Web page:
Jibbigo is arguably the smartest app in the app store,” says Matt Harbaugh, CEO of Mobile Technologies, the company behind it all. A Mt. Lebanon resident, Harbaugh was formerly the Chief Investment Officer of Innovation Works, the largest investor of seed-stage companies in the region. Harbaugh, who grew up in Upper St. Clair, lives on Parkway Drive with his wife, Jane, and two children, ages 7 and 4.
“The size of the potential market is staggering, well over $1 billion,” he says.
If the name Jibbigo seems like gibberish, that’s the point. It’s what many of us sound like when we try to communicate in a language we don’t speak or understand. The $4.99 one-time download gives users access to a 40,000-word, two-way vocabulary in English, Spanish, French, Italian, Japanese, Chinese, Korean, German, Tagalog (Filipino) and Arabic. (Available on iPhone, iPad and Android.) Imagine the possibilities for international companies and disaster relief workers. In fact, when on-the-ground rebuilding was underway in Japan in the days following the devastating earthquake, Jibbigo assisted by providing its powerful offline application to relief organizations. It was also instrumental to humanitarian work in Thailand and Honduras.
That’s because it’s the only voice translation app in the world that functions without the Internet or a phone connection, enabling users to understand a spoken language in locations that don’t have reliable phone service, says Harbaugh. And there’s no roaming charges to pay. Harbaugh, who spent 10 years working with early stage companies, says he couldn’t resist the opportunity to work with world renowned experts on a promising new technology. Jibbigo was developed by Carnegie Mellon University’s Alex Waibel, a recognized leader in the field of multilingual and speech translation systems. Waibel has devoted more than 20 years to developing the tool as the director of the International Center for Advanced Communication Technologies (interACT).
“There was a lot of excitement around the products, but the company needed someone with my skill set on the business and operation side,” says Harbaugh, who graduated with a B.A. from Duke before going on for a law degree and MBA from George Washington University. “He’s (Waibel) the godfather in this field of science and is bringing the best people in the world to the team.”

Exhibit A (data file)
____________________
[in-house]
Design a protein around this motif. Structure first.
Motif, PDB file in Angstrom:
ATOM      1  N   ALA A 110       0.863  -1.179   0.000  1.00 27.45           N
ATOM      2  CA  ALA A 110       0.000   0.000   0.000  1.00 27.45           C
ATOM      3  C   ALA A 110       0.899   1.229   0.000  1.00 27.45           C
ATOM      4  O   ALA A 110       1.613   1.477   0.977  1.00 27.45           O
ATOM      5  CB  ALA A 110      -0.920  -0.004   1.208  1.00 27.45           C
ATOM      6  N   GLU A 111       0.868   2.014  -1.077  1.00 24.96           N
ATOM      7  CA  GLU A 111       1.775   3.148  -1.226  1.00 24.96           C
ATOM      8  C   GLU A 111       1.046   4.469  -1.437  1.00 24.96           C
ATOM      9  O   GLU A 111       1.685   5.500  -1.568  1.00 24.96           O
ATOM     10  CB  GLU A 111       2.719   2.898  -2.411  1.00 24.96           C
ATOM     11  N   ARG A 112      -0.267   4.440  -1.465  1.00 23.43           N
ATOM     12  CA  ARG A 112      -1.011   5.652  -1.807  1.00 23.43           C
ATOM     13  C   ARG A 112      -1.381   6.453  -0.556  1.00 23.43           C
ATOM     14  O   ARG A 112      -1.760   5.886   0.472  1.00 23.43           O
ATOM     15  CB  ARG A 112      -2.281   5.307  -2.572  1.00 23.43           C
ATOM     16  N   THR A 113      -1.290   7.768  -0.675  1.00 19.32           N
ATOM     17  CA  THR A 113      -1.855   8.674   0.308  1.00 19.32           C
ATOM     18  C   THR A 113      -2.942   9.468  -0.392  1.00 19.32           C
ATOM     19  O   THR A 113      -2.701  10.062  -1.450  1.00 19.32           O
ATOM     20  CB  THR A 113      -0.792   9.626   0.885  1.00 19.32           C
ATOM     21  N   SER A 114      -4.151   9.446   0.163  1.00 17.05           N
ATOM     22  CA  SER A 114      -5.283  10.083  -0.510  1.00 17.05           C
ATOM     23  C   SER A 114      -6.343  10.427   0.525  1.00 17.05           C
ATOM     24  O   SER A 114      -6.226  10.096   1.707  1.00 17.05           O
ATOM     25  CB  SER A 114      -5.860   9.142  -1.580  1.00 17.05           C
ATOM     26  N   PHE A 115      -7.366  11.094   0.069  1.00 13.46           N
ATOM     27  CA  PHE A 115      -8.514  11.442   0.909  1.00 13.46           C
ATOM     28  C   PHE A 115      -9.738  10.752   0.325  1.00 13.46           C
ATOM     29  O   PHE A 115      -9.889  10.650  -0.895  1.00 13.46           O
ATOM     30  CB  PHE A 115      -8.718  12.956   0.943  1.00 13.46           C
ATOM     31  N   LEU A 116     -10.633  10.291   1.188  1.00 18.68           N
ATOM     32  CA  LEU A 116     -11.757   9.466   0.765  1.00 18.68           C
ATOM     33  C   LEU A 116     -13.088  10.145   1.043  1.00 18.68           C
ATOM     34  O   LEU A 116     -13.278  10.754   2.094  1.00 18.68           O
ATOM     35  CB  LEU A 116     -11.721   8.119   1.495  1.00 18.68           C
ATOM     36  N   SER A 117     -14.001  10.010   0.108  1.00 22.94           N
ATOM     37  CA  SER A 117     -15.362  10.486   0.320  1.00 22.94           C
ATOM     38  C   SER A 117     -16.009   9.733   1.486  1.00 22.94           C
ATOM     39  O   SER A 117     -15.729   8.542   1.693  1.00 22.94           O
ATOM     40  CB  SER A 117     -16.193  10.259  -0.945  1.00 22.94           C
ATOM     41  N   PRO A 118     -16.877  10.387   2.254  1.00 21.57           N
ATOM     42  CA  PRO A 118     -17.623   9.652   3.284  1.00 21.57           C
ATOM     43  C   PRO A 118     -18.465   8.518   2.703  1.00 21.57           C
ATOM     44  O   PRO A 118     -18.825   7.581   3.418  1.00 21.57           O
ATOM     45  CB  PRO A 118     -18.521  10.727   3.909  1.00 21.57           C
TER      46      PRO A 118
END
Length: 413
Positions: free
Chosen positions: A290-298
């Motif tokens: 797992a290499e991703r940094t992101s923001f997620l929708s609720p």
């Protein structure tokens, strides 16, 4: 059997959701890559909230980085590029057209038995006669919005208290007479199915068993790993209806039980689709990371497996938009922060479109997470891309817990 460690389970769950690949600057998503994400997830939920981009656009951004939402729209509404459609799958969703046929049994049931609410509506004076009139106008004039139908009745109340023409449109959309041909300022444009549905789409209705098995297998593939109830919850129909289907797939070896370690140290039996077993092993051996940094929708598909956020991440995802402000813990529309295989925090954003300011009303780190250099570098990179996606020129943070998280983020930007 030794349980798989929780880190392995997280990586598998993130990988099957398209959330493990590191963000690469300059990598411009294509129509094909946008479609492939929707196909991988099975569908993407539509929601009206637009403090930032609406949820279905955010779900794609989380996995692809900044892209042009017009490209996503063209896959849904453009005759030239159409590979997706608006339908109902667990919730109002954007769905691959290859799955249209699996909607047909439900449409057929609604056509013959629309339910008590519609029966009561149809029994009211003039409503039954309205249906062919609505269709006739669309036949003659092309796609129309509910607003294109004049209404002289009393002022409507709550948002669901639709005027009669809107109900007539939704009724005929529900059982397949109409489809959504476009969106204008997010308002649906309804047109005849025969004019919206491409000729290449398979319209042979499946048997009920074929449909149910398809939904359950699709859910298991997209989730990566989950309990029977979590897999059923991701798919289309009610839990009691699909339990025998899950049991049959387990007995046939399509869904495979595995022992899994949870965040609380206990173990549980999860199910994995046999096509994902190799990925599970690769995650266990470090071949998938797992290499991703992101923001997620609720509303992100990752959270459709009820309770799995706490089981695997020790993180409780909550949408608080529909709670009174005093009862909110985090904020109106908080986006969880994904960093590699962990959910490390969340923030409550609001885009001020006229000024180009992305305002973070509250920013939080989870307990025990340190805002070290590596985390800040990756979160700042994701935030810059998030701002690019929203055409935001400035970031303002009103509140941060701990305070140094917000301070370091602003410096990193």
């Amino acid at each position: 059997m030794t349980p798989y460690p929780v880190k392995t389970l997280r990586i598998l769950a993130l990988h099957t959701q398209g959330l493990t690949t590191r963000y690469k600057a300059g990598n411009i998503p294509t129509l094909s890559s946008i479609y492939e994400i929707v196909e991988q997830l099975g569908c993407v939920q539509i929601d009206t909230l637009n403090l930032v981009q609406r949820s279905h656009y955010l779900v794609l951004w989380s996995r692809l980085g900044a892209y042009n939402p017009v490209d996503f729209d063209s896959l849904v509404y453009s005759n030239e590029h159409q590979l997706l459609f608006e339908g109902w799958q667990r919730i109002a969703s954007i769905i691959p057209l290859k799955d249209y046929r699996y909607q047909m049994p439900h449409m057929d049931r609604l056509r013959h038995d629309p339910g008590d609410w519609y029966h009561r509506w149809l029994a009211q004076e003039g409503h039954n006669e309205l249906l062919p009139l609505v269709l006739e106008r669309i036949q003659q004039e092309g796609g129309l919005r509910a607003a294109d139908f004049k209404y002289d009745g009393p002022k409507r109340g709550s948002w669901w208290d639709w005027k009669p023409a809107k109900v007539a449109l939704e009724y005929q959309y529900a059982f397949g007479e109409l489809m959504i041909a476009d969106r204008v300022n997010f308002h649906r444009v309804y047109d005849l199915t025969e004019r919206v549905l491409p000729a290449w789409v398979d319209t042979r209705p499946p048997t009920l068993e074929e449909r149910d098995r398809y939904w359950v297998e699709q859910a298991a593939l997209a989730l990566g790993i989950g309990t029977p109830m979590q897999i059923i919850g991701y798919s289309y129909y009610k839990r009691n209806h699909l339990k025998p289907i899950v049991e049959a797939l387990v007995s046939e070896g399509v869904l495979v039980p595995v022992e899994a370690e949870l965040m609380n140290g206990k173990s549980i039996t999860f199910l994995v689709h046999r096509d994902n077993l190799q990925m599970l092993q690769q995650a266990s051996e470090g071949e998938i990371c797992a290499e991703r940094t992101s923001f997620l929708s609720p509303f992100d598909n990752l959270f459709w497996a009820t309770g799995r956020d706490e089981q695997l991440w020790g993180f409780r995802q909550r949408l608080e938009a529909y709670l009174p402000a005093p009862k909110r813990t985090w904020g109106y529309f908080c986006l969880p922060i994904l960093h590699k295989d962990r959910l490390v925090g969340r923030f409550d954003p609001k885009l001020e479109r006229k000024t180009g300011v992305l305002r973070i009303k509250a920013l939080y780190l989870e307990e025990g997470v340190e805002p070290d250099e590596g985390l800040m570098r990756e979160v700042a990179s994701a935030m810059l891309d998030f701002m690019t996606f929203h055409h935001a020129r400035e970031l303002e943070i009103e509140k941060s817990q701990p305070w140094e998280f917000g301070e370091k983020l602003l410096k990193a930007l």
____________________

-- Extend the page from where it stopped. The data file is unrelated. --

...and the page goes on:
The international press has embraced the technology since it was first introduced in 2009. Hailed as the universal translation tool of the future, Jibbigo has appeared on the BBC, Science Channel, PBS Nova and was selected a top travel app by Travel and Leisure. Mobile Technologies is also branding the app under Lonely Planet, one of the largest travel guides in the world, giving the company access to Lonely Planet’s 9 million subscribers.
“The goal now is to spread the word to consumers that the technology exists,” says Harbaugh. “The market is enormous.” Harbaugh notes that the ease of the application should in no way deter anyone from learning how to speak a foreign language properly. There is no better way to address those in a foreign country than a face-to-face conversation spoken and pronounced well, he says.
“It’s an exciting time to be working in technology,” he says. “Our goal is to eliminate language barriers. To achieve that will be a major shift for humanity. It’s changing the way we think about human interaction, distance and what’s possible.”
Mobile Technologies, which employs 16, is based on the South Side and has offices in Karlsruhe, Germany, and Mountain View, California. —Debra Diamond Smit